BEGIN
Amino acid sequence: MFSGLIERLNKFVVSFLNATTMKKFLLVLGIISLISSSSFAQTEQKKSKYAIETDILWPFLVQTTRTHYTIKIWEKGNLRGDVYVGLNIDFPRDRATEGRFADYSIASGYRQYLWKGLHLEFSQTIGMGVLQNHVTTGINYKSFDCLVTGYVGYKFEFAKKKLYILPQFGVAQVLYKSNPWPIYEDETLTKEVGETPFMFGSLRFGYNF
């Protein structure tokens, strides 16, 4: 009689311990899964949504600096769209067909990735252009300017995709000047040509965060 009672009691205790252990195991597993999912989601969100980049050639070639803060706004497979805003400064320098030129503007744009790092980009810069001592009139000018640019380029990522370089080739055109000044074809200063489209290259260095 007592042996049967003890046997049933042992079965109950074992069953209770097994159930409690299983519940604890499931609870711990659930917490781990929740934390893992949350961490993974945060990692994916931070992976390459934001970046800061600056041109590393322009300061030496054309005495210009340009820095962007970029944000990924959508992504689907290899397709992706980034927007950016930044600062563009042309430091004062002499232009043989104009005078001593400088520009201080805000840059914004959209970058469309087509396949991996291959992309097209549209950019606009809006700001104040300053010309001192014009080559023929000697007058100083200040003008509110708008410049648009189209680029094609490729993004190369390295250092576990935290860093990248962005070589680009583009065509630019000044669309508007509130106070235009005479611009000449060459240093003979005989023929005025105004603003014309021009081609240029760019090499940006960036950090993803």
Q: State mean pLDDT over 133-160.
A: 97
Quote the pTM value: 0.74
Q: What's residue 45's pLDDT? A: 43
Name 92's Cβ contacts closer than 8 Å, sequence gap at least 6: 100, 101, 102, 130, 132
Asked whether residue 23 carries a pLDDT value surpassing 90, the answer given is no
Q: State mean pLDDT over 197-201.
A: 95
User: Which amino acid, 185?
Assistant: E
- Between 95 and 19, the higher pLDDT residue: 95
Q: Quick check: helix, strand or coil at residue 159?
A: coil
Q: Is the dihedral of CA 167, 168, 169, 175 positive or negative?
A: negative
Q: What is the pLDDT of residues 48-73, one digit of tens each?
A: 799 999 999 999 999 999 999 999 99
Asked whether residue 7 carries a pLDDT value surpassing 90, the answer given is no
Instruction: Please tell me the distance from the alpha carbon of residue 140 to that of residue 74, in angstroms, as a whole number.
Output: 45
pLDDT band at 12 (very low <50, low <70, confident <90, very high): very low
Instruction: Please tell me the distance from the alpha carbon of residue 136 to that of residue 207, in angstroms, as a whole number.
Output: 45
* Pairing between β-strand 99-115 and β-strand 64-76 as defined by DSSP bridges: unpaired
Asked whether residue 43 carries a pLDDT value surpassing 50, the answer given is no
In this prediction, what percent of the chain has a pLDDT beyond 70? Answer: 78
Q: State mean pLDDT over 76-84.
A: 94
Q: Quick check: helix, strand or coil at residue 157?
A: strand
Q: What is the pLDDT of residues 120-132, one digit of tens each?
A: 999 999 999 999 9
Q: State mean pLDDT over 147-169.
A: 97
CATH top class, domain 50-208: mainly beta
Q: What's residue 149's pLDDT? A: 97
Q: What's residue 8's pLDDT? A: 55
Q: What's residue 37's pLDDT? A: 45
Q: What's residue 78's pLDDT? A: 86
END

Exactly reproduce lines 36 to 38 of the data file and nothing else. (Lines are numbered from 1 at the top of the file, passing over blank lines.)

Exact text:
A: 97
CATH top class, domain 50-208: mainly beta
Q: What's residue 149's pLDDT? A: 97